A negotiating position is not exactly a fact; it is a contingent fact, binding as fact only if it is accepted. Bidding low is not deceitful. The letter was an offer a negotiating position. The law does not bar American from offering to settle the debt at a thirty percent discount with no questions asked for thirty days. Under the statute, American's statements might be false if it intended when it sent the letter to reject Goswami's payment, or if it actually rejected her payment after she accepted the offer. Goswami did not accept the offer, so she cannot claim the latter; she has no proof of the former.
The letter offered an amnesty. Goswami construes this as a threat to bring criminal charges because amnesties apply only to government prosecutions. The average American consumer does not have a clear idea of what "amnesty" means. American's references to its "client" mean the principal employing American, not a government agency. These references would not lead an unsophisticated consumer to believe that American, Capital One, or the government had the authority to grant amnesty or that they intended or were engaged in criminal legal action against her. Nothing in the letter or Goswami's relationship with Capital One implies governmental power. American did not imply that it could act for the government. Assuming that Goswami had this apprehension an unlikely state of reality since she did not mention it until her amended complaint her subjective misunderstanding of the letter does not mean that the letter was illegal. Amnesty refers to an "an intentional overlooking" as the Oxford dictionary has it. Even if it were strictly limited to the "pardon" sense, its use by a bill collector would be either poor writing or metaphorical, not threatening.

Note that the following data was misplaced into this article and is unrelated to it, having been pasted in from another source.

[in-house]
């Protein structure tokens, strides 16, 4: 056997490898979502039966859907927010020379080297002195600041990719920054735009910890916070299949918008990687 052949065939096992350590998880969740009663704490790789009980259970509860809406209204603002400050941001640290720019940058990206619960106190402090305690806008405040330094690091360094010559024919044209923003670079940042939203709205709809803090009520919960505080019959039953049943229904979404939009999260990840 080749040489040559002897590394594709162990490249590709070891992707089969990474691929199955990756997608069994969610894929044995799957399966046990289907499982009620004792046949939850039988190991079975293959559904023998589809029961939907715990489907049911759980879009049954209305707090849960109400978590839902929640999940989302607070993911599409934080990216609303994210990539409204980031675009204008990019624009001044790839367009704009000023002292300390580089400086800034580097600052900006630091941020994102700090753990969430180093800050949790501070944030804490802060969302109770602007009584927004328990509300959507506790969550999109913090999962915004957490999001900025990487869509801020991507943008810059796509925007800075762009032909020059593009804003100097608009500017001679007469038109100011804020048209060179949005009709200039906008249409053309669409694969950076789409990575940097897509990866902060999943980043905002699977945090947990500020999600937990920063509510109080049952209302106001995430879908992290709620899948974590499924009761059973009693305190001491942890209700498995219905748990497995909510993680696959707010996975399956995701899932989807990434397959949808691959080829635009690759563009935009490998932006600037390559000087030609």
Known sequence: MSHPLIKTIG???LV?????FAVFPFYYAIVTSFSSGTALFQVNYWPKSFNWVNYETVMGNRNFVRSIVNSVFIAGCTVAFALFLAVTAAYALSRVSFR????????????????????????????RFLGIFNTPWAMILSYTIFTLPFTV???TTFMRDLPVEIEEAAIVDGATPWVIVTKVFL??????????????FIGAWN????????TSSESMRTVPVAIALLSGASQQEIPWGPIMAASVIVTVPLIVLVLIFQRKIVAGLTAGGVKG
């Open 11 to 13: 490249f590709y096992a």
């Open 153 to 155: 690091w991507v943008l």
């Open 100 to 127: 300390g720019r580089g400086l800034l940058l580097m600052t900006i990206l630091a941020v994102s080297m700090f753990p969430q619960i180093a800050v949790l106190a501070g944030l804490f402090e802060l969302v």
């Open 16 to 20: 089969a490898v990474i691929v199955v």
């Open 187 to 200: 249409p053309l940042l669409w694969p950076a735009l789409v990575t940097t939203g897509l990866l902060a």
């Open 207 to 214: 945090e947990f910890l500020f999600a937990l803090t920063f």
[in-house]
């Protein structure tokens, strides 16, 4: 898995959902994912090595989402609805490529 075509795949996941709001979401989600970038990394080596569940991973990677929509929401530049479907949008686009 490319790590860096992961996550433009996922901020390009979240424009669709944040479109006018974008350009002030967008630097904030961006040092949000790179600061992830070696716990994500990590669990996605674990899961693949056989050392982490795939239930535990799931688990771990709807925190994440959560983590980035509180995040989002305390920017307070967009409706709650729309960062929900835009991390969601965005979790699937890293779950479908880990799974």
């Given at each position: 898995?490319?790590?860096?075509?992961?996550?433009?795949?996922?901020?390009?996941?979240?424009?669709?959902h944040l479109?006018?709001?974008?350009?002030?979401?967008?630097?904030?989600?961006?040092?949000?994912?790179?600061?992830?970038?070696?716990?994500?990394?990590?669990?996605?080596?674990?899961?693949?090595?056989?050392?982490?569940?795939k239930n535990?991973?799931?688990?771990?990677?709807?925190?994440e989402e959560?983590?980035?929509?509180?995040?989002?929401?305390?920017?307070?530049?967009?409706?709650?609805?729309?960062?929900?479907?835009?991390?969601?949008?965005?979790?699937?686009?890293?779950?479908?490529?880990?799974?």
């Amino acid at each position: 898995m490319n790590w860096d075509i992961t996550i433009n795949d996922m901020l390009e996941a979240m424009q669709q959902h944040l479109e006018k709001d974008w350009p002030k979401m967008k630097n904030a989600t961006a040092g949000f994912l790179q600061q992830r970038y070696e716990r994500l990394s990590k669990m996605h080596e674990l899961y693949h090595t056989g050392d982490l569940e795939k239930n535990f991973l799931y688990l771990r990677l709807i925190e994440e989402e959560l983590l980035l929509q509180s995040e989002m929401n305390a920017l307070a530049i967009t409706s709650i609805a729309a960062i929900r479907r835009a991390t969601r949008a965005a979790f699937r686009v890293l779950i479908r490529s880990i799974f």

American did not violate the law about debt collection; nothing in the letter was dishonest. The letter did remind Goswami that she did not pay her debts as she promised; that is part of the nature of her choice to spend and not to pay. The letter offered a reduction in that debt if she would pay part of it. She cannot make herself into a victim by a twisted interpretation of a routine commercial letter. The process was legal. Goswami's will take nothing from American.
*628 Final Judgment
1. Goswami's motion for summary judgment is denied (24).
2. On American's motion, Pooja Goswami takes nothing from American Collections Enterprise, Inc. (12, 55).
3. Goswami's claims against Capital One having been dismissed with prejudice, this is a final judgment.